Lynch, however, complicates this definition of humanity, adding a darker side to it. The film consists almost entirely of a long series of something I don’t have a good word for. “Representations”—perhaps. In other films, Lynch has shown his interest in representations. Or simulations, displays, manifestations, exhibitions, portrayals . . . I’ll settle for “show” with the understanding that I mean everything from an actor’s stage performance to a surgeon’s demonstration of an operation to a photographic portrait.
The Elephant Man is one long series of such “shows”:
The opening montage: a “show” put on by Lynch.
Bytes shows Merrick as part of a freak show.
Treves operates, partly demonstrating.
Treves shows Merrick to “society” (medical society).
Nurse Kathleen (Nula Conwell) sees Merrick and is terrified.
Treves shows Carr Gomm that Merrick can recite the 23rd Psalm.
Night porter shows Merrick to a girl.
Lynch’s show: cutaway shots of smoke, steam, coal, machines.
Two nurses see Merrick in a proper suit.
Treves shows Merrick to his wife.
Merrick shows his mother’s portrait to Mrs. Treves.
Merrick shows Nurse Kathleen his model of St. Phillips’ church.
Merrick is shown to the actress Mrs. Kendal.
Mrs. Kendal gives Merrick her portrait.
Merrick shows Mrs. Kendal his mother’s portrait.
Mrs. Kendal and Merrick recite Romeo’s meeting with
Juliet: “You’re Romeo.”
Nurse Kathleen reads the newspaper account of Mrs. Kendal’s visit.
A series of portraits on Merrick’s mantel of society women.
Merrick is shown to “society” (London elite). “He’s only being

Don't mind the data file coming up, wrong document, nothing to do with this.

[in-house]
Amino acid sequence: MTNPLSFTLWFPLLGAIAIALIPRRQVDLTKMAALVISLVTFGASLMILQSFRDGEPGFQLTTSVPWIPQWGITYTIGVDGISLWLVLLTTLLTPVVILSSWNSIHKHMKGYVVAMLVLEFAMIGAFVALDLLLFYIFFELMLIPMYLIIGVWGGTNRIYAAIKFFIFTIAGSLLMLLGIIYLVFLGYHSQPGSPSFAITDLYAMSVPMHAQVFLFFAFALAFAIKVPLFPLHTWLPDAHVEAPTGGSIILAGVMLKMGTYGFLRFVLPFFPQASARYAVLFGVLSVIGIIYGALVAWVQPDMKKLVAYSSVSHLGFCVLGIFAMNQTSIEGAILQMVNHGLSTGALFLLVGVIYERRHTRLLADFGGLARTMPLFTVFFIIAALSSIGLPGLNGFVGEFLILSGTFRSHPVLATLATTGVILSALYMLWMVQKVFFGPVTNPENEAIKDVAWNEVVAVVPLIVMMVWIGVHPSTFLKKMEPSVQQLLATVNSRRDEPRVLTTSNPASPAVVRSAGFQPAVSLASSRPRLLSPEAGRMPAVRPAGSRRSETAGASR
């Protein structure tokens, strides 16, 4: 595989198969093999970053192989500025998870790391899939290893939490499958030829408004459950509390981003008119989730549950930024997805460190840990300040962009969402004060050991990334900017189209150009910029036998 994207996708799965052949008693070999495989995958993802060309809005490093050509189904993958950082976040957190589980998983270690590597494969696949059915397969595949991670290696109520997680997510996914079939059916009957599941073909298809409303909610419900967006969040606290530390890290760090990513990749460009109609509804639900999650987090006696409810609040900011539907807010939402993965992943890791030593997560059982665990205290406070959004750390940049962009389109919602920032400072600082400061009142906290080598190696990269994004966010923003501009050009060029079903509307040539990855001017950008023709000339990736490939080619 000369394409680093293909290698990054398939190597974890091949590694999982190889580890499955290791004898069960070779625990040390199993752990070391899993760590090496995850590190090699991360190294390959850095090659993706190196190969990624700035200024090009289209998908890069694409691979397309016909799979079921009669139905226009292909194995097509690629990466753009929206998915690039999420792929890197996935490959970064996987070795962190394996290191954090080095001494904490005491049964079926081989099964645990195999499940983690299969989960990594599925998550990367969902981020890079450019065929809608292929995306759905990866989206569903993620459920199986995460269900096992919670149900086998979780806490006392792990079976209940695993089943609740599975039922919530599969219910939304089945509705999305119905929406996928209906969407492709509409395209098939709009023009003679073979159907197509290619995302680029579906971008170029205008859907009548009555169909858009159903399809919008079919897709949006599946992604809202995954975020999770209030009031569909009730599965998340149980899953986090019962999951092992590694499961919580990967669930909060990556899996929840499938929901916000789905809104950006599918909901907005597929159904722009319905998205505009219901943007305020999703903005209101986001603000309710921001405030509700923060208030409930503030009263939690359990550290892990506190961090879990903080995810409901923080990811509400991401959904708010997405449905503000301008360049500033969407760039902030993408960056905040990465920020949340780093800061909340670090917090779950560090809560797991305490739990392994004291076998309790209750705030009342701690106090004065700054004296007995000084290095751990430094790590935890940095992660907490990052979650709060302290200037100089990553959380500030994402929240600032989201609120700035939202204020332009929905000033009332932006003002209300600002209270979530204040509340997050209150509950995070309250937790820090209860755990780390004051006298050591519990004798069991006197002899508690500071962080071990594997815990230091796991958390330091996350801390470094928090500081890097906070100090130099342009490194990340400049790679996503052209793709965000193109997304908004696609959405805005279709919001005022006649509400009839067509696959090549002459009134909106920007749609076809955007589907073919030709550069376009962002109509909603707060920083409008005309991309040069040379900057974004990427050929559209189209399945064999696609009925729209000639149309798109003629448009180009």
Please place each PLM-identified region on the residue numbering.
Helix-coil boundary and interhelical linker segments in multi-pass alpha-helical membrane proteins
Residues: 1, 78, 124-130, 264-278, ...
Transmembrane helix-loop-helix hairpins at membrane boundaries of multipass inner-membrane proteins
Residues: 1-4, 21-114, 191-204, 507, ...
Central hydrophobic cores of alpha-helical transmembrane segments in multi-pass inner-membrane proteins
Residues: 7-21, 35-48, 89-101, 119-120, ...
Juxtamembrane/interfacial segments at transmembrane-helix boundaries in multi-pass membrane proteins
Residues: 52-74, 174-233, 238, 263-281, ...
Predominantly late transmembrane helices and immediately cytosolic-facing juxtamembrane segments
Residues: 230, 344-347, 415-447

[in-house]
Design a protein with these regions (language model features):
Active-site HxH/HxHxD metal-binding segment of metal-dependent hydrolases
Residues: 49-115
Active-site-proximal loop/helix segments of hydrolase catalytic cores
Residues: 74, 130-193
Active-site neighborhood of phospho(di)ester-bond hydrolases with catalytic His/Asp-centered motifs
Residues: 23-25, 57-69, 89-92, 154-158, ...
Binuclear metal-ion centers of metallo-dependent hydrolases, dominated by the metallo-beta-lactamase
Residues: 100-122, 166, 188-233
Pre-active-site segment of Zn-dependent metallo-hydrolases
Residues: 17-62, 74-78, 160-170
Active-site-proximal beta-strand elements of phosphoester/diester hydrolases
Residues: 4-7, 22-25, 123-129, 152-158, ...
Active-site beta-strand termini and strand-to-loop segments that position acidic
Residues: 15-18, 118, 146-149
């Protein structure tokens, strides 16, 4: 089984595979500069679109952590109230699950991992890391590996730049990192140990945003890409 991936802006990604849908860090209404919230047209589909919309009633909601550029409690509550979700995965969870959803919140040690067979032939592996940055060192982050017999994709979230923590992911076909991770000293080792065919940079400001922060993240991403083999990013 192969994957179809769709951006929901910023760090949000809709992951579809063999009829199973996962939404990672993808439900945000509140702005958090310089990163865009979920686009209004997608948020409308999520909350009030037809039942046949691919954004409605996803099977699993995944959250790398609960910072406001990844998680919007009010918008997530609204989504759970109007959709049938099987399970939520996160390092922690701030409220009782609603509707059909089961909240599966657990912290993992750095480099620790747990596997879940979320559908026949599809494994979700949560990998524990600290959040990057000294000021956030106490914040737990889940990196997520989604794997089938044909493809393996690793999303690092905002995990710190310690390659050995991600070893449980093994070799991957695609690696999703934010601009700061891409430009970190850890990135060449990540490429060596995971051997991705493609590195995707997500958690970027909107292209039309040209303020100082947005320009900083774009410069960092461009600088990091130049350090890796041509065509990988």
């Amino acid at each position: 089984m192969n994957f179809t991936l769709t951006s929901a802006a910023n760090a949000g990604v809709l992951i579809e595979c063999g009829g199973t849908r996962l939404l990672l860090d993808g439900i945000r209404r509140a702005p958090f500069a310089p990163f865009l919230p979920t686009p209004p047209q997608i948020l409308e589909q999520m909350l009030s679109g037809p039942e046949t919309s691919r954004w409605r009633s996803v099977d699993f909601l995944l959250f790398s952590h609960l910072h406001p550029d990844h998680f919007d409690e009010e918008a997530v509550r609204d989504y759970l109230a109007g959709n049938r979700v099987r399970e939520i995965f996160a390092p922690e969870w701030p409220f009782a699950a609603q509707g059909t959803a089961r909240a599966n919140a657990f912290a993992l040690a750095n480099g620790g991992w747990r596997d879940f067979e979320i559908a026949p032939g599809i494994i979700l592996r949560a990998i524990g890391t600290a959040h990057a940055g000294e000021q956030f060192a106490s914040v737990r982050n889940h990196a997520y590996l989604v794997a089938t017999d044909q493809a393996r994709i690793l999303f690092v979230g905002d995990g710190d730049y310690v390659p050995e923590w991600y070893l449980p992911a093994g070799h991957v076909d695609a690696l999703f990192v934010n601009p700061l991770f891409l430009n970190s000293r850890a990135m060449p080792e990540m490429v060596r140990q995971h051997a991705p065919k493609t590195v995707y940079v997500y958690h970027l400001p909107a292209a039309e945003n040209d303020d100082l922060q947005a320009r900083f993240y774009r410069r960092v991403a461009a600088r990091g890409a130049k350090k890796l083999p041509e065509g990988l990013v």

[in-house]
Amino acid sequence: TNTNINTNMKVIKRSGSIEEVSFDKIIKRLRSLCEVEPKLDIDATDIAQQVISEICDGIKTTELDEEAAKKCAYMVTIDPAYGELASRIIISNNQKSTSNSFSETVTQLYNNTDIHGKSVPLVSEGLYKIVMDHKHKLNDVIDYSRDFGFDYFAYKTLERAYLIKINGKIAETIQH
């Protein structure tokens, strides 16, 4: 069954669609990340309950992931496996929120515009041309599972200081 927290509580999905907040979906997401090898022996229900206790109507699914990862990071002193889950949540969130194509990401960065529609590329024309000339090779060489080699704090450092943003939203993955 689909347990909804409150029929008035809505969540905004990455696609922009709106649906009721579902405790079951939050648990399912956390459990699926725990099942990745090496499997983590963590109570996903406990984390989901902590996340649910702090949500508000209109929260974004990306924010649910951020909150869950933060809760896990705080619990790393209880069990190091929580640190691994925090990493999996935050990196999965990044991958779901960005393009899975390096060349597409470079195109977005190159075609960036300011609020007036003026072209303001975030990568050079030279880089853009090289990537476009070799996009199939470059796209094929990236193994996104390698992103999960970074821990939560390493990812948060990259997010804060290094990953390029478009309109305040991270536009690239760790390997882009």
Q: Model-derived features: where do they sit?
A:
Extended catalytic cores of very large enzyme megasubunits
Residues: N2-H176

stared at all over again.”
Lynch shows us Merrick’s mother.
Lynch’s show: cutaway shots of Merrick’s hood, pipes, a woman
in agony (from the opening sequence), men working like
machines, smoke, a man showing Merrick himself in a mirror,
an elephant, clouds.
Treves feels guilt about his own showing of Merrick, even as
he is surrounded by “shows,” i.e., objets d’art.
Princess Alexandra makes an appearance and shows a letter
from the Queen.
Merrick receives a dressing case and primps, fancying himself
a ladies’ man.
Merrick makes a model of St. Philips church.
Merrick is shown to the drunks from the tavern.
Bytes shows Merrick in a European freak show.
A London crowd stares at Merrick.
Merrick goes to the theater, sees a pantomime show, and is shown
to the audience.
Merrick signs his cathedral model.
Merrick views a drawing of a sleeping child.
Lynch “shows” us Merrick’s dying moments.
One long string of “shows” by a master showman. And that final audience applauding in the theater— that includes us, doesn’t it?
Many of these showings hint at Merrick as a sexual being: the doctors inspecting his genitals; his mantelful of portraits of society women; his pleasure when pretty women are kind to him; reciting the kissing sonnet with Mrs. Kendal; his fancying himself as a ladies’ man when he is given the dressing case; the drunks forcing some tarts to kiss him; and the nurse being Merrick’s “date” for the theater. Incidentally, the play based on Treves' book had a sex scene. And, as always with Lynch, woman influences for good, here, Mrs. Kendal, Mrs. Treves, Nurse Mothershead, above all, Merrick’s mother.
Is sex what makes us human? Or animal? Or is Lynch saying that what makes us human is the ability to put on these “shows”? Or, perhaps, that that is the failing of artists, that they use other humans simply for “show”? Or, since Treves, Bytes, Mrs. Kendal—everybody— makes a show of Merrick, is it every human’s failing as well as our humanity?